Students, along with the University Chaplain Zandra Wagoner, took part in a field trip Sunday to the Islamic Center of Inland Empire in Rancho Cucamonga to learn about the Muslim community.
The Office of Religious and Spiritual Life and Common Ground sponsor monthly excursions, also known as Souljourns or soul journeys. Each semester students visit different temples, churches, mosques, and religious communities.
“It is a chance for a student to explore a tradition that they have a genuine interest in,” Wagoner said.
The monthly Souljourns give students a chance to explore the religious and spiritual diversity of Southern California.
“The American identity in particular is not the single sanction of people who are of a single ethnicity, religion or faith tradition,” former Common Ground president Tahil Sharma said. “Our diaspora is something much bigger and much more diverse than that and it’s something we need to learn to respect, appreciate and understand so that we can really foster the sense of community in the United States.”
The Souljourn to the Islamic Center of the Inland Empire began with a tour of the mosque.
Mark Manly, worship leader of the mosque and Muslim community, also known as the Imam, guided the tour.
Students took off their shoes and placed them on racks outside before stepping inside the mosque to show respect for the culture.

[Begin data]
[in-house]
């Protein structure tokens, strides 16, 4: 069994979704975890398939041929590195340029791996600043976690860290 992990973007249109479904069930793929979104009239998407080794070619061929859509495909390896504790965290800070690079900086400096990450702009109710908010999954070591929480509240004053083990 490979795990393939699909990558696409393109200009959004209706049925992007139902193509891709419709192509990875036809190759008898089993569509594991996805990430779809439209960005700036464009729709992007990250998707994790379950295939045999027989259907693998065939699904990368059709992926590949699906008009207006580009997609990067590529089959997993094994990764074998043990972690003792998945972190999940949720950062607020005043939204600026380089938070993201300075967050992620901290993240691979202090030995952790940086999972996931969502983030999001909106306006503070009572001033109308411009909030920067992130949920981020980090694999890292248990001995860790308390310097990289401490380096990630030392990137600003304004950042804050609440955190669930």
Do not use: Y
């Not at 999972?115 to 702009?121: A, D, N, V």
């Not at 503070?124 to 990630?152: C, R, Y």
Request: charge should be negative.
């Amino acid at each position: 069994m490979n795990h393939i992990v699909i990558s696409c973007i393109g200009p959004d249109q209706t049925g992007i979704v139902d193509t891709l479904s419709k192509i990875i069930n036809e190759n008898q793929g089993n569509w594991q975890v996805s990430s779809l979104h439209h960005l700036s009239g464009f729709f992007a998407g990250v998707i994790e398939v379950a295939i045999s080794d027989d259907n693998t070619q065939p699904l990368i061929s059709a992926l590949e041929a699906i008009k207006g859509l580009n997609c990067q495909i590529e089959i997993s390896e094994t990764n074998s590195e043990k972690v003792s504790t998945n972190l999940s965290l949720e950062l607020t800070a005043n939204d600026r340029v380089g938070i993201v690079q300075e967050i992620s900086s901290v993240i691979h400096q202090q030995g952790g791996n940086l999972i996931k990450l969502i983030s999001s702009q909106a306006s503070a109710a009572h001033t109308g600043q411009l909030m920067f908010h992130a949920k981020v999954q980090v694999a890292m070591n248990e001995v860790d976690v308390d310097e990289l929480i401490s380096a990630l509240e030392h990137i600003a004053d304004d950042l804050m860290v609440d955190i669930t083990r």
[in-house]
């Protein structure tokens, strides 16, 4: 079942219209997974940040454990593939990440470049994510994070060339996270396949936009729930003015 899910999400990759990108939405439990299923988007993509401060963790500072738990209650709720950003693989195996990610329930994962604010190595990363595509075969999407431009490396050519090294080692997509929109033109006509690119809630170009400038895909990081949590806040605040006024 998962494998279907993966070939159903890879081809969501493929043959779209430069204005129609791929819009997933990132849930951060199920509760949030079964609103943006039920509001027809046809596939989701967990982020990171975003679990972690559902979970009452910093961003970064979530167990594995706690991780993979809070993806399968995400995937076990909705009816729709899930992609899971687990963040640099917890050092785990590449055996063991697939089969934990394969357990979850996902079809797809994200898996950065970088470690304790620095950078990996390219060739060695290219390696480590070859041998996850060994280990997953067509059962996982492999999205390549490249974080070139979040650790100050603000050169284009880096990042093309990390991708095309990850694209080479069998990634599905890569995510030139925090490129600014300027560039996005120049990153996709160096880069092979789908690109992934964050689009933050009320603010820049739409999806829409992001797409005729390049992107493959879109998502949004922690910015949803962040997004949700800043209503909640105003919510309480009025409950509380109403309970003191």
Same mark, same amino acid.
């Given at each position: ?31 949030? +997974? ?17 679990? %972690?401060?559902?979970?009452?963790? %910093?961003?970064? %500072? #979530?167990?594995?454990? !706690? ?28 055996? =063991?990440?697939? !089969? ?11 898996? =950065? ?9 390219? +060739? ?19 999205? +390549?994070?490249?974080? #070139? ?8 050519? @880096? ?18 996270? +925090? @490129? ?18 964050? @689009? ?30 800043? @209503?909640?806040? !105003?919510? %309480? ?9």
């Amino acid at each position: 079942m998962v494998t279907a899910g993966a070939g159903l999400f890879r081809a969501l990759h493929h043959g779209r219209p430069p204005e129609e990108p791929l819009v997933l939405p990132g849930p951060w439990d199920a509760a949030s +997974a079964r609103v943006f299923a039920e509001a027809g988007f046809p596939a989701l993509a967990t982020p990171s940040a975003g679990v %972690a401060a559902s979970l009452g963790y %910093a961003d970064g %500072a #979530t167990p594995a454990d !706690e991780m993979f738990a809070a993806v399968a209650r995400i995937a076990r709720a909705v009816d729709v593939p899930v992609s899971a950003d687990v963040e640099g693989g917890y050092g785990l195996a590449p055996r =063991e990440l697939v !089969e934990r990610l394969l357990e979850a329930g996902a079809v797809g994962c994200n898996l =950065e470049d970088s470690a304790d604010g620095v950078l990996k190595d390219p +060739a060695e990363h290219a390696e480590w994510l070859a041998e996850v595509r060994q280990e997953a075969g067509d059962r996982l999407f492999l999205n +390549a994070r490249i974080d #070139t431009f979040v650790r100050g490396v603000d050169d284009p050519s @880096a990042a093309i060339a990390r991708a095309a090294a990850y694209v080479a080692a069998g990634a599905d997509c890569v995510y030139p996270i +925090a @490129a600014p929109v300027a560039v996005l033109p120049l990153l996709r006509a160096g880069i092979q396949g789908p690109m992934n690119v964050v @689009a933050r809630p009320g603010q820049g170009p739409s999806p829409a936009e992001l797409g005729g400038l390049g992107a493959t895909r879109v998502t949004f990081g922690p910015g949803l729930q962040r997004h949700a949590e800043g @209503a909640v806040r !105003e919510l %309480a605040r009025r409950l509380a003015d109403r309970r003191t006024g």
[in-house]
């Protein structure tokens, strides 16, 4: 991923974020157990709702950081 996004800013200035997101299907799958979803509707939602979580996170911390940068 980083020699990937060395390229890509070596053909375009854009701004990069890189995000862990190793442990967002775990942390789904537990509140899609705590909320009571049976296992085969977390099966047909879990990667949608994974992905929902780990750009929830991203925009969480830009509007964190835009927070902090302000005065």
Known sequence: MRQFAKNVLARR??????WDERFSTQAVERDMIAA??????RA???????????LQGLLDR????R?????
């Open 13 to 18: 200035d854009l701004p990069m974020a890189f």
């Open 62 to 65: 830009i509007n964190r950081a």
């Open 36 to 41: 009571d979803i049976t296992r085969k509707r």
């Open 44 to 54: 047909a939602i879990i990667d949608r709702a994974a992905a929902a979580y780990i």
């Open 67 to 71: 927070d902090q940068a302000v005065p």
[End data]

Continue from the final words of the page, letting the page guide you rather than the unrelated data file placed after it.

Manly first showed the classrooms where the children come and learn about their faith.Children were dispersed throughout the building singing and reciting prayers as they got ready to begin classes for Sunday school.
The room designated for prayer was spacious and quiet.
Manly went over how a typical Friday gathering would take place. It begins with a 20 to 30 minute khutuah, or sermon. Then everyone prays together in the congregation.
Manly led the group to the second story of the mosque and held a deeper discussion about the Islamic community.
“Before, it was very much like a transitory mosque where people came to pray and leave,” he said.
There was virtually no programming within the community, which is one of the things he wanted to start.
They recently celebrated their first monthly barbecue. The event brought people of different backgrounds together and created a community environment that the Center initially lacked.
“I try to really encourage a cross colonization within the mosque,” Manly said.
He explained the mosque has grown over the past years.
What started off as a small house along Baseline Road, transformed into a spacious two-story structure. The space was modified to accommodate the growing Islamic community within the Inland Empire.
Leaving the mosque, students came out with a better understanding of the Islamic religion and traditions.
“I chose this specific event that is religious-based because I want to learn about different perspectives on living and daily culture; something so different from what I’m used to so that I can have a better understanding of different faiths,” sophomore biology major Kevin Mahaffey said.
The next upcoming Souljourn will take place Nov. 30 at the Swaminarayan Temple in Chino Hills.
For more info or to RSVP, contact firstname.lastname@example.org.
Alyssa Navarro can be reached at email@example.com.